Nobody is born a Pickleballer. When you first pick up a paddle, there are a few instincts you’ll have to fight. Even if you’ve been playing for years, some of these common mistakes can plague some of the sharpest players.
Don’t worry, they’re all are easy to correct — and, once they’re pointed out, you won’t be able to unsee them. Not only can these tips help you look like you know what you’re doing, but good fundamentals can help make any player better.
Next time you play, keep an eye out for these:
Moving after your serve
In almost every sport, beginners instinctively want to run to where the ball is. But as in most sports, you can save a lot of effort by just staying in position. This can be especially bad after serves. Beginners tend to move forward after a serve, but it’s best to stay behind the baseline. Remember, the return has to bounce first, so hang back and give yourself adequate room to make the play.
Not moving after your serve
I know, I know, you were just told to stay put at the baseline; but once their return has bounced, so should you. Once it’s open volley time, you’ll want to be at the non-volley line and ready to play. Don’t worry, this one’s easy, just know that as soon as that third shot is hit, The Kitchen is where you’ll want to be.
Not playing your position
You might be eager as a new player to hit everything that comes your way, but if you’re part of a team, it’s not your job to hit every shot. When you play in position, you’ll hit more controlled shots and will cover the court effectively with your partner; plus, you don’t want to poach your partner’s shots. If you want to be a good teammate, just remember that you don’t have to do it all — save that for a singles match.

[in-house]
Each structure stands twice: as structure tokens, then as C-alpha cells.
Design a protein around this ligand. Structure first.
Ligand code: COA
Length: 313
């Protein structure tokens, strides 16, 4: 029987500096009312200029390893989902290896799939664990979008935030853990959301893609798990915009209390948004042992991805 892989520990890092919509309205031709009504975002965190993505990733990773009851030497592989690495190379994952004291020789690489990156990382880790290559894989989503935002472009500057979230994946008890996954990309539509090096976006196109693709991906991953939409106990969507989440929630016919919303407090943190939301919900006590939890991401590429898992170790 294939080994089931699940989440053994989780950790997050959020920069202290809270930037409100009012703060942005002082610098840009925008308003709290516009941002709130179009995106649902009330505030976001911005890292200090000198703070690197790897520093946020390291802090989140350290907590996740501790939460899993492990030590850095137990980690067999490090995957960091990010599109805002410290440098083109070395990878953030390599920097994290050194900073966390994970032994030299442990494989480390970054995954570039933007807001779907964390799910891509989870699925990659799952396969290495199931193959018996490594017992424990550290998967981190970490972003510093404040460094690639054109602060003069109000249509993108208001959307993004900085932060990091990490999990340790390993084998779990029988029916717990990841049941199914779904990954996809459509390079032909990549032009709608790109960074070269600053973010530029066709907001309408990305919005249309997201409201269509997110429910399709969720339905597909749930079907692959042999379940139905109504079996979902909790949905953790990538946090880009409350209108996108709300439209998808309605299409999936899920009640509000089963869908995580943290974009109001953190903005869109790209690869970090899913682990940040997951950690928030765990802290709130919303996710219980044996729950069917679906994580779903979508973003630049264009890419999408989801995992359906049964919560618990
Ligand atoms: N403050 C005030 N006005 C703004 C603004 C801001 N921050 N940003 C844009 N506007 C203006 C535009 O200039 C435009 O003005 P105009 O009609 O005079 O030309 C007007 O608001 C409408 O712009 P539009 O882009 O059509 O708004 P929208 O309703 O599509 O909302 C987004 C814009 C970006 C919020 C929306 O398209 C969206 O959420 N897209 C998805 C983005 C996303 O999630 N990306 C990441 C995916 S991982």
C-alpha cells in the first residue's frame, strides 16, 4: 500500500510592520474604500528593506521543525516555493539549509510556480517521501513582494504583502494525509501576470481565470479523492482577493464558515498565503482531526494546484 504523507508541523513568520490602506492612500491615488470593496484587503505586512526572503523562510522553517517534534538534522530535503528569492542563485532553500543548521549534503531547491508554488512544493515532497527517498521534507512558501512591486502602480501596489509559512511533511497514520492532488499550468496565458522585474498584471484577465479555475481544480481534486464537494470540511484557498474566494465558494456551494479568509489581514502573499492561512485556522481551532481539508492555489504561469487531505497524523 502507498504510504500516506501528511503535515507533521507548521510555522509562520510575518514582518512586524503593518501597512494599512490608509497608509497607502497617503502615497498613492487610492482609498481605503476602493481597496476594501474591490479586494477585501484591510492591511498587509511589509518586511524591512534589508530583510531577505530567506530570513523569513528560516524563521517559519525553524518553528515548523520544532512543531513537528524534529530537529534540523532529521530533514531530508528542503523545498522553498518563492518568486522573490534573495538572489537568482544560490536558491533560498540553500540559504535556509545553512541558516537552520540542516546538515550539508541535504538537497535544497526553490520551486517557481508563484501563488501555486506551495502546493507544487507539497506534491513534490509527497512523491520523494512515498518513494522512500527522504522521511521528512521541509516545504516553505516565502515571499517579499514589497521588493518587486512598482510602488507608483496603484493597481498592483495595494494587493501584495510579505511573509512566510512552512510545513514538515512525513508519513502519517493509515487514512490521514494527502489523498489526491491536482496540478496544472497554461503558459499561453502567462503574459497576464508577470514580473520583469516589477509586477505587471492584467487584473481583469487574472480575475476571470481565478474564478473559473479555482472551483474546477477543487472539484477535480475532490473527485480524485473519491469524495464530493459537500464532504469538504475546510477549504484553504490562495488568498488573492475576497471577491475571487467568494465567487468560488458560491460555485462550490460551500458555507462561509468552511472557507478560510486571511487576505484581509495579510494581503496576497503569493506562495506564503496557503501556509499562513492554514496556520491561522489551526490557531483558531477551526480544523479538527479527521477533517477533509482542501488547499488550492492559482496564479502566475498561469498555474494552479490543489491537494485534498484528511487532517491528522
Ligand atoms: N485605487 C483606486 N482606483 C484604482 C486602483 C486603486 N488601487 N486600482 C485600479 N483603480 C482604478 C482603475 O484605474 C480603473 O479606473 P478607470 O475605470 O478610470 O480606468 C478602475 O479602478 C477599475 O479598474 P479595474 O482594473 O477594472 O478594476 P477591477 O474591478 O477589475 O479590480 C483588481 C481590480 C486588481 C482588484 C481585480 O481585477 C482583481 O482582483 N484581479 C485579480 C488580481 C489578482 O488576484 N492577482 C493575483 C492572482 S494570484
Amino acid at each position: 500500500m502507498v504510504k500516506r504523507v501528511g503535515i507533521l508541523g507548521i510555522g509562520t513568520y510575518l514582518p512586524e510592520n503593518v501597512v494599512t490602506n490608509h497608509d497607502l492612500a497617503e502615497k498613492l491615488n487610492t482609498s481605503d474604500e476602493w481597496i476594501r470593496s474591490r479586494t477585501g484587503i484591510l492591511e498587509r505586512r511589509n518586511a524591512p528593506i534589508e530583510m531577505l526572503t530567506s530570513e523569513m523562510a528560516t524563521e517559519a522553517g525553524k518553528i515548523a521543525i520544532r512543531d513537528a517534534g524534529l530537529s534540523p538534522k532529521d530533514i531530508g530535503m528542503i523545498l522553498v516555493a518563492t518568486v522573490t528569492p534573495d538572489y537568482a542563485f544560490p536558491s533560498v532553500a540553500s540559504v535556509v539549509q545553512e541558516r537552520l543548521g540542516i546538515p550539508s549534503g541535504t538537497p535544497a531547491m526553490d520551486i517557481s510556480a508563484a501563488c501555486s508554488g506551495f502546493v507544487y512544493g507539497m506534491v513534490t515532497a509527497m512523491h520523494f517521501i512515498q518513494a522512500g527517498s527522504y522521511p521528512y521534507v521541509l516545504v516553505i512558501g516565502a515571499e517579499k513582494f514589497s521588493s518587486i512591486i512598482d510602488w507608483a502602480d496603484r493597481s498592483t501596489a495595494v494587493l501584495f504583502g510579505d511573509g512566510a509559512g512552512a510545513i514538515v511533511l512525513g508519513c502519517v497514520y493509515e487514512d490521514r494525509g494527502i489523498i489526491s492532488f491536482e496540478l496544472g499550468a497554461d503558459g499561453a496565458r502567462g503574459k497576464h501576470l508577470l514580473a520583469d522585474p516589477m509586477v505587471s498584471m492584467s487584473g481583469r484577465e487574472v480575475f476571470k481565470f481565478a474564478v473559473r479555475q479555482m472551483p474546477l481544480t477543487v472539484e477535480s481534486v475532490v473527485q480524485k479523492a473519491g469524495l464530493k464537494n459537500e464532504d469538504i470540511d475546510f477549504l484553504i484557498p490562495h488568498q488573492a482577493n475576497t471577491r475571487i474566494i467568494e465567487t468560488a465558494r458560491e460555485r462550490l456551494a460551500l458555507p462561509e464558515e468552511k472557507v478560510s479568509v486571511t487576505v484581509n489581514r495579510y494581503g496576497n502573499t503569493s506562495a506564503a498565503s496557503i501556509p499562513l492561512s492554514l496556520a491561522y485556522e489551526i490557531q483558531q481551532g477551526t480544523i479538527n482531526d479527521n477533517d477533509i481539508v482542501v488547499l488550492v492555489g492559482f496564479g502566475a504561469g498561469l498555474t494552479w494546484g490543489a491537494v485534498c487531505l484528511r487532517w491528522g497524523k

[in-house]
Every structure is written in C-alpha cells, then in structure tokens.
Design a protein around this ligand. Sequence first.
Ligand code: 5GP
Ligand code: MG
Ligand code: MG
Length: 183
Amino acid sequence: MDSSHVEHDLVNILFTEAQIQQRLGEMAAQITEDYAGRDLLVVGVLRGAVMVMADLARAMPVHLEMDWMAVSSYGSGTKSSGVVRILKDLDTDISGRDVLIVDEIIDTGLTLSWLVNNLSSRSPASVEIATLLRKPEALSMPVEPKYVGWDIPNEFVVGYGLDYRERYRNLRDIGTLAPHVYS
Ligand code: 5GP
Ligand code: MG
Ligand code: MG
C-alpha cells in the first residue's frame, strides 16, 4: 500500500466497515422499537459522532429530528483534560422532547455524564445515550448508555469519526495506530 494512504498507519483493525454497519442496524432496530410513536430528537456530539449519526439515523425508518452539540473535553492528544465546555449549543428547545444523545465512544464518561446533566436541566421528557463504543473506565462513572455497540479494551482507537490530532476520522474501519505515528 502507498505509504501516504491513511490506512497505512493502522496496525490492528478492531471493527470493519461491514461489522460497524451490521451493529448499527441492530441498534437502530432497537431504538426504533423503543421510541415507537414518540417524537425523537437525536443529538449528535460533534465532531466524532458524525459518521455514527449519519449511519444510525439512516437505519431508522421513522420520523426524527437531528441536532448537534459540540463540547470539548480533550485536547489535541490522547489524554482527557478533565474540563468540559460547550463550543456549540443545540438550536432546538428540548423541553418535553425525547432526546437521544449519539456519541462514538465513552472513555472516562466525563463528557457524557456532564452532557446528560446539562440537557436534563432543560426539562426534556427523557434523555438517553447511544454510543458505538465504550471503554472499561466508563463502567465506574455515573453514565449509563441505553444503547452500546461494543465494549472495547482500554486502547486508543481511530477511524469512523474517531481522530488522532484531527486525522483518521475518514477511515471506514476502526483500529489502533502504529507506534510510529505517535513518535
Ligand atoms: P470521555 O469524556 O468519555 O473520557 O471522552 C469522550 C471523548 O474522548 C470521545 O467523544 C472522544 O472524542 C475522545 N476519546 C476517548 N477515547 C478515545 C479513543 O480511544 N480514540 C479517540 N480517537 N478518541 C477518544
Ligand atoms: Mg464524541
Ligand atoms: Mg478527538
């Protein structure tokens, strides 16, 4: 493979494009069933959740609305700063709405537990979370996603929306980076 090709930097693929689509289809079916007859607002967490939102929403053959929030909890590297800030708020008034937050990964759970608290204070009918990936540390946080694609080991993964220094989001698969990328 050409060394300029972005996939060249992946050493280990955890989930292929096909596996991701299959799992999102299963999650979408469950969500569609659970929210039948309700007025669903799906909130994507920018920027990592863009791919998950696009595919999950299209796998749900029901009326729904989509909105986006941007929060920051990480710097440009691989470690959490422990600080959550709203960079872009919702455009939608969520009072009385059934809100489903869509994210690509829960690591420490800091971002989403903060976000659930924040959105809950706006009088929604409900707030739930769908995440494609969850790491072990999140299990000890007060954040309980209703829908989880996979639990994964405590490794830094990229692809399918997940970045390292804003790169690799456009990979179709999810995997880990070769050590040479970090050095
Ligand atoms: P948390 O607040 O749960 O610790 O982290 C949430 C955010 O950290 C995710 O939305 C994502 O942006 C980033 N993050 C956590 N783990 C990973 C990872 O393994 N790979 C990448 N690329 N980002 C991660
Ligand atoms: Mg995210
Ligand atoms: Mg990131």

We get it. It’s fun. But there’s more to the game than hitting hard and hitting deep. In fact, giving it all you’ve got usually does more harm than good, especially if you’re a beginner. So unless you’re in a good position under a lob or high bounce, it’s best to focus on making a solid, well-placed shot — that way you’ll end up spending more time playing, and less time chasing home run balls that landed three courts over. You can read more about it here.
Hitting to your opponents
It only makes sense when you start learning the game — you want to hit the ball to your opponent so they can hit it back. But this isn’t a game of catch, this is all-out war. Sending an easily returnable ball is all fine and good when you want some nice, long rallies, but as you advance in your game, you’ll want to start keeping those shots out of reach from your opponents.
Becoming a better Pickleball player takes time, and the fastest way to get better is to get out and play with a partner or opponent who is willing to teach and has a little more experience. It helps to know the rules beforehand so you don’t waste valuable court time learning the things you could have learned at home. (If you need a refresher course, you can watch one here.) Every new player has questions, and everyone makes mistakes, just keep playing, learning, and, most important, having fun, and you’ll be king of the court in no time.